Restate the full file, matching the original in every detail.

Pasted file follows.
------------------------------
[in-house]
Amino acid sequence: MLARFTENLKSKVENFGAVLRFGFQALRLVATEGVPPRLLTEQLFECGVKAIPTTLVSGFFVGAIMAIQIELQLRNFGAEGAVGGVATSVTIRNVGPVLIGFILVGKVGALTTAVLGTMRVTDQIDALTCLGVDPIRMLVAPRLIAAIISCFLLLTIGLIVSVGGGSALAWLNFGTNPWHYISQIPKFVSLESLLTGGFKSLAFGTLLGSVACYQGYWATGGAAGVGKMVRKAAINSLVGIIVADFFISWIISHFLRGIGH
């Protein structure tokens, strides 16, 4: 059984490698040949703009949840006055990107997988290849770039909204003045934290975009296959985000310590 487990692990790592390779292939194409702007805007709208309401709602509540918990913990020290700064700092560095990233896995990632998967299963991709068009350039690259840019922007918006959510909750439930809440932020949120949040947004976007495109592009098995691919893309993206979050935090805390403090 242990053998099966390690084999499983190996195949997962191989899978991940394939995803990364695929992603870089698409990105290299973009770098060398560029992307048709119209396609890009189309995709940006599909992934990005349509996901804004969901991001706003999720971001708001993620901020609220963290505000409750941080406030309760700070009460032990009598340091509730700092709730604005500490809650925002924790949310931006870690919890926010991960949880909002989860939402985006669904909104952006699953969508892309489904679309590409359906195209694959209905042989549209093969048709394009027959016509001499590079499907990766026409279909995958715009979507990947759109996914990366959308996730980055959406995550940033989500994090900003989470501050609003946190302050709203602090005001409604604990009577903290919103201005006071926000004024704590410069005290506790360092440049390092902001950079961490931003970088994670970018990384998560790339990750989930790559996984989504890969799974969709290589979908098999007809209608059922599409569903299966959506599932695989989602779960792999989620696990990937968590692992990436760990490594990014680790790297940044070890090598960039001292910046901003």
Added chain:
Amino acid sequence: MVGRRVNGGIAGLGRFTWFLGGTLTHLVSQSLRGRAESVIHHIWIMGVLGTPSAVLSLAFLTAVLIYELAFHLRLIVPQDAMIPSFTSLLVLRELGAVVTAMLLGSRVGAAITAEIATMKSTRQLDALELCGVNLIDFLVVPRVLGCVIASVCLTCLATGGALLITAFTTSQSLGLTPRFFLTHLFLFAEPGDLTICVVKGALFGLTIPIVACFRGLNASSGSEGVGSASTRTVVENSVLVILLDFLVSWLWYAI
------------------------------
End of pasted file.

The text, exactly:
[in-house]
Amino acid sequence: MLARFTENLKSKVENFGAVLRFGFQALRLVATEGVPPRLLTEQLFECGVKAIPTTLVSGFFVGAIMAIQIELQLRNFGAEGAVGGVATSVTIRNVGPVLIGFILVGKVGALTTAVLGTMRVTDQIDALTCLGVDPIRMLVAPRLIAAIISCFLLLTIGLIVSVGGGSALAWLNFGTNPWHYISQIPKFVSLESLLTGGFKSLAFGTLLGSVACYQGYWATGGAAGVGKMVRKAAINSLVGIIVADFFISWIISHFLRGIGH
């Protein structure tokens, strides 16, 4: 059984490698040949703009949840006055990107997988290849770039909204003045934290975009296959985000310590 487990692990790592390779292939194409702007805007709208309401709602509540918990913990020290700064700092560095990233896995990632998967299963991709068009350039690259840019922007918006959510909750439930809440932020949120949040947004976007495109592009098995691919893309993206979050935090805390403090 242990053998099966390690084999499983190996195949997962191989899978991940394939995803990364695929992603870089698409990105290299973009770098060398560029992307048709119209396609890009189309995709940006599909992934990005349509996901804004969901991001706003999720971001708001993620901020609220963290505000409750941080406030309760700070009460032990009598340091509730700092709730604005500490809650925002924790949310931006870690919890926010991960949880909002989860939402985006669904909104952006699953969508892309489904679309590409359906195209694959209905042989549209093969048709394009027959016509001499590079499907990766026409279909995958715009979507990947759109996914990366959308996730980055959406995550940033989500994090900003989470501050609003946190302050709203602090005001409604604990009577903290919103201005006071926000004024704590410069005290506790360092440049390092902001950079961490931003970088994670970018990384998560790339990750989930790559996984989504890969799974969709290589979908098999007809209608059922599409569903299966959506599932695989989602779960792999989620696990990937968590692992990436760990490594990014680790790297940044070890090598960039001292910046901003």
Added chain:
Amino acid sequence: MVGRRVNGGIAGLGRFTWFLGGTLTHLVSQSLRGRAESVIHHIWIMGVLGTPSAVLSLAFLTAVLIYELAFHLRLIVPQDAMIPSFTSLLVLRELGAVVTAMLLGSRVGAAITAEIATMKSTRQLDALELCGVNLIDFLVVPRVLGCVIASVCLTCLATGGALLITAFTTSQSLGLTPRFFLTHLFLFAEPGDLTICVVKGALFGLTIPIVACFRGLNASSGSEGVGSASTRTVVENSVLVILLDFLVSWLWYAI